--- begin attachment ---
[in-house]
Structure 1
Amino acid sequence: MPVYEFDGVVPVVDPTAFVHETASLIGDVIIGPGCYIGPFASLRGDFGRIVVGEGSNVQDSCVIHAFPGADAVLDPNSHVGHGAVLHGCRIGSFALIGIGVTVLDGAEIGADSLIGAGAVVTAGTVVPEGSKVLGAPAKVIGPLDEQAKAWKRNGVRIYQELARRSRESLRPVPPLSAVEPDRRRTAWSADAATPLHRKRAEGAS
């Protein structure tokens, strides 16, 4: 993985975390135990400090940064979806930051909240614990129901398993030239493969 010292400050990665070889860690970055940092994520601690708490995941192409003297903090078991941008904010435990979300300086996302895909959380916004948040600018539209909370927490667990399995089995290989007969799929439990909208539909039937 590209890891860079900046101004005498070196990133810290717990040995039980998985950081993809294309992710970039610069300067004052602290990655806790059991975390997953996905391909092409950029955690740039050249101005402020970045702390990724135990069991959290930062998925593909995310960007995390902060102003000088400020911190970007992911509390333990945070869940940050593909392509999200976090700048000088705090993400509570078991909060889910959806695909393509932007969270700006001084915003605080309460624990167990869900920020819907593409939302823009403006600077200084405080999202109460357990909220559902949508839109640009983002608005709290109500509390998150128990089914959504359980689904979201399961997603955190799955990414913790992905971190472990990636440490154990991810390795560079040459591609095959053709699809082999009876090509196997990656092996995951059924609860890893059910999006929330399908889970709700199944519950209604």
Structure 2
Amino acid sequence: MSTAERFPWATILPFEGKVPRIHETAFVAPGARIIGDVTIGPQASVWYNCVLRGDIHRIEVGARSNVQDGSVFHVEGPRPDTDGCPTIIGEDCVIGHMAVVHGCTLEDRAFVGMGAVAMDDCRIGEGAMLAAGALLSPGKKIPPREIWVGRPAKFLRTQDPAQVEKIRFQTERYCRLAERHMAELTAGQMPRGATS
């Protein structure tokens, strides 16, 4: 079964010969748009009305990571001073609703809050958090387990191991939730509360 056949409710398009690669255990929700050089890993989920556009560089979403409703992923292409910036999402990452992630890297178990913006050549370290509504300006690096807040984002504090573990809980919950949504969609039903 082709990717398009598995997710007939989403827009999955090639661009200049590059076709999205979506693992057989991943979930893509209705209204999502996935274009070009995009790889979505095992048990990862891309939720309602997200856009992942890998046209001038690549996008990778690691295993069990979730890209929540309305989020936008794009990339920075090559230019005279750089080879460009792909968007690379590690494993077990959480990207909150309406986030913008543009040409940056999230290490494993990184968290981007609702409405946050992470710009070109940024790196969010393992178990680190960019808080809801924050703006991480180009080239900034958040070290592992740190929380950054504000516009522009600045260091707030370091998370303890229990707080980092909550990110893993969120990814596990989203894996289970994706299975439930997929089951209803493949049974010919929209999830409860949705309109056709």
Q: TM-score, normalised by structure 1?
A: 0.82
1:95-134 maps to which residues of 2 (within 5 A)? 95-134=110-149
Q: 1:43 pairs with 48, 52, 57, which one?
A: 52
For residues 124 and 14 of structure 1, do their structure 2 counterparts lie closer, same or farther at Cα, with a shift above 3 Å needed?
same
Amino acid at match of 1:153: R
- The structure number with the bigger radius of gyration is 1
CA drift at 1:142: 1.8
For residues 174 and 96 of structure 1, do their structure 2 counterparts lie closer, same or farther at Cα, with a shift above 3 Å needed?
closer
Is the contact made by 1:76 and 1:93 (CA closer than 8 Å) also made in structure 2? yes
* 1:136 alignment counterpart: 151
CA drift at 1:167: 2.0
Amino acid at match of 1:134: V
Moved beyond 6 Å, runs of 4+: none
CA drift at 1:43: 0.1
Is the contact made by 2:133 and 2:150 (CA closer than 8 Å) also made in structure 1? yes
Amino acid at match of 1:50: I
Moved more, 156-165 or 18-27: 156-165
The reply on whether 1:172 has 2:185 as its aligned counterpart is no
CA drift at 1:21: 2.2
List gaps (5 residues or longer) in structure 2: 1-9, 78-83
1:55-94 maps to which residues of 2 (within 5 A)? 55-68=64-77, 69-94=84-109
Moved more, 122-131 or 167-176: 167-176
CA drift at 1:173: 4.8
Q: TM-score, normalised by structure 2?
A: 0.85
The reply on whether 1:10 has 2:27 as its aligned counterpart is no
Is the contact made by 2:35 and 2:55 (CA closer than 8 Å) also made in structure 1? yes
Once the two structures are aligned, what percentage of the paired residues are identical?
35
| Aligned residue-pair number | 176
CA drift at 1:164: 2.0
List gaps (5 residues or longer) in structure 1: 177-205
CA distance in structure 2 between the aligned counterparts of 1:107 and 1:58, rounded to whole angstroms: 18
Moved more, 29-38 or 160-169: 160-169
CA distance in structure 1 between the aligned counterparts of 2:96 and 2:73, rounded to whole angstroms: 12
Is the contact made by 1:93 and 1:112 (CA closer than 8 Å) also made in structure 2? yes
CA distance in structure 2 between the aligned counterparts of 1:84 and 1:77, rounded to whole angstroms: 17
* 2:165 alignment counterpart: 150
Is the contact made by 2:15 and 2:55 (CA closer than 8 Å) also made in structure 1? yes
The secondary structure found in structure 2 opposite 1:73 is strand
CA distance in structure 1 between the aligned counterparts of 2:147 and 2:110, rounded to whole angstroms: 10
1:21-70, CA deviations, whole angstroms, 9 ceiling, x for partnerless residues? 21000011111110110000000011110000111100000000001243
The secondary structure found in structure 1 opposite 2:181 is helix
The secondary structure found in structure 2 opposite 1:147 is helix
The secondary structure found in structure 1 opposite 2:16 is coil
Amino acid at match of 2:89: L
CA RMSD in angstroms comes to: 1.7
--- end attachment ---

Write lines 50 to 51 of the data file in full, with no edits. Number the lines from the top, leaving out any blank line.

Is the contact made by 2:15 and 2:55 (CA closer than 8 Å) also made in structure 1? yes
The secondary structure found in structure 2 opposite 1:73 is strand